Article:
– Will
Oct 22, 2015 at 10:36
• No; see my edit. Oct 22, 2015 at 10:51
• Ah ok, so is the point that the equivalence class of curves defines what a vector is, but does not specify that it has any notion of direction, and then the equivalence class of vectors (defined as above in your answer) is an equivalence class in the tangent space, between vectors in that tangent space, that defines an elementary notion of a vector having direction. Is that correct at all?
– Will
Oct 22, 2015 at 11:03

As I noted in my comment, we are probably free to define "direction" however we want as a vector space only satisfies a specific set of axioms that usually don't mention the word "direction". And how we define direction is completely up to us. But...

According to Wolfram Mathworld, direction is a vector itself. This makes intuitive sense to me. And normally it is considered as a unit vector, but you need a concept of distance to have unit vectors.

So if $\mathbf{u}$,$\mathbf{v}\in V$ a vector space, then $\mathbf{v}-\mathbf{u}$ is the direction from $\mathbf{u}$ to $\mathbf{v}$. This 'direction vector' automatically defines an equivalence class of vectors: $\mathbf{a}+\mathbf{v}-\mathbf{u}$ is the same direction from $\mathbf{a}$ as $\mathbf{v}$ is from $\mathbf{u}$. Of course, this is different from the concept of angle since it disregards distance.

I'd be curious to see what advanced texts say about the concept of direction before introducing inner products.

What about the following definition of "direction" that one can use without appealing to any additional structure besides the vector space structure? (I.e. no need for inner products.)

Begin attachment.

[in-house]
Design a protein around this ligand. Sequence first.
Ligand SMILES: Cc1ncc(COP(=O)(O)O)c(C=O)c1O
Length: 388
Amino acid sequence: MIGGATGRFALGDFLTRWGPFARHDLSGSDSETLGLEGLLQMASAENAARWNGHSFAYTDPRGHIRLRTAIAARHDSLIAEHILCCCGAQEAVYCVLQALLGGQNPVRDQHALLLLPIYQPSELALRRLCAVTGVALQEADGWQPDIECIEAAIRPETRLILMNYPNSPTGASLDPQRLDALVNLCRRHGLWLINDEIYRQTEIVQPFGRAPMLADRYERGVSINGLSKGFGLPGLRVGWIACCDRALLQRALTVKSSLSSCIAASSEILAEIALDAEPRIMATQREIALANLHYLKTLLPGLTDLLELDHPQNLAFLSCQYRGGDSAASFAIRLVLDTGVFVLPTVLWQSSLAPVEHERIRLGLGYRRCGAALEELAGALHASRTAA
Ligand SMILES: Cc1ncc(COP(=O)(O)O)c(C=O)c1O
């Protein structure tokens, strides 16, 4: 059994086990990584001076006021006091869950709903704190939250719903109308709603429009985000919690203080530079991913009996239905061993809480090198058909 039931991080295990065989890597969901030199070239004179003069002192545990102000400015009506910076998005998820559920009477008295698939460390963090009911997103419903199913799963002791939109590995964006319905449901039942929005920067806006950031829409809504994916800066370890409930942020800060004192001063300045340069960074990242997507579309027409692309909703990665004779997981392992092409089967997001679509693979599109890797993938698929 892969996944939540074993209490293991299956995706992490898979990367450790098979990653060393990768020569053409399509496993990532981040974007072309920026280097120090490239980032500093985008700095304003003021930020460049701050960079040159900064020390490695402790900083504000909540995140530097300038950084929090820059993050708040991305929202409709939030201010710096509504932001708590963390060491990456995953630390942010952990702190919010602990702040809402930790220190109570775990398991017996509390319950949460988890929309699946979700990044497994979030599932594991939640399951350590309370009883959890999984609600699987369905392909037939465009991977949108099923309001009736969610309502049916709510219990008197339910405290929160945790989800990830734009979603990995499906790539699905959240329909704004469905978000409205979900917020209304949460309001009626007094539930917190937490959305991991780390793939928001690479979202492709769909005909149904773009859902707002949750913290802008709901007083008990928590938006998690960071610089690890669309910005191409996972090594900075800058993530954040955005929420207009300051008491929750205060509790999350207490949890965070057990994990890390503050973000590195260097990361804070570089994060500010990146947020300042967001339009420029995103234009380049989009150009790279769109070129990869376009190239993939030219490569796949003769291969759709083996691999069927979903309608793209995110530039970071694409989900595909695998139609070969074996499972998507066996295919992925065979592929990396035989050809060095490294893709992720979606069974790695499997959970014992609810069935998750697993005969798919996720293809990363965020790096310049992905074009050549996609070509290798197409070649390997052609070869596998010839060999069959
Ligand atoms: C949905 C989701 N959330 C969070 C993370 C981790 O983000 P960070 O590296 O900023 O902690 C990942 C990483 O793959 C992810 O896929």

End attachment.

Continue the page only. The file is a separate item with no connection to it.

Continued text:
(Note that, compared to jdods answer, this only gives "direction" relative to the origin/additive identity of a vector space, not relative to an arbitrary vector. It would be possible to extend this definition so that it gave direction relative to an arbitrary vector in $V$ -- just use the tangent space.)

Let $V$ be a vector space over the field $F$ with dimension greater than or equal to $1$.

• By convention, $0 \in V$ has no direction.
• If $F$ is an ordered field, then two non-zero vectors $v_1, v_2 \in V$ have the same direction if and only if $$v_1 = \lambda v_2 \quad \text{for some }\lambda>0 \iff v_2 = \frac{1}{\lambda}v_1 \quad \text{for some }\frac{1}{\lambda}>0\,.$$
• If $F$ is not an ordered field, then two non-zero vectors $v_1, v_2 \in V$ have the same direction if and only if $$v_1 = \lambda v_2 \quad \text{for some }\lambda \not=0 \quad v_2 = \frac{1}{\lambda}v_1 \quad \text{for some }\frac{1}{\lambda}\not=0\,.$$

Note that, for a finite dimensional vector space $V$ over a non-ordered field $F$, i.e. $V \cong F^n$ for some $n\in \mathbb{N}, n \ge 1$, the definition is equivalent to the two vectors belonging to the same equivalence class of the equivalence relation which defines $\mathbb{P}^{n-1}(F)$, the projective space of dimension $n-1$ over $F$.

The definition in the case of an ordered field does not correspond neatly to the definition of projective space, even though the definition is admittedly similar, it's not the same.

Note also that this definition is the same one given in Christian Blatter's answer when $F = \mathbb{R}$. But one doesn't need the underlying field to be $\mathbb{R}$ in order to make a sensible definition work.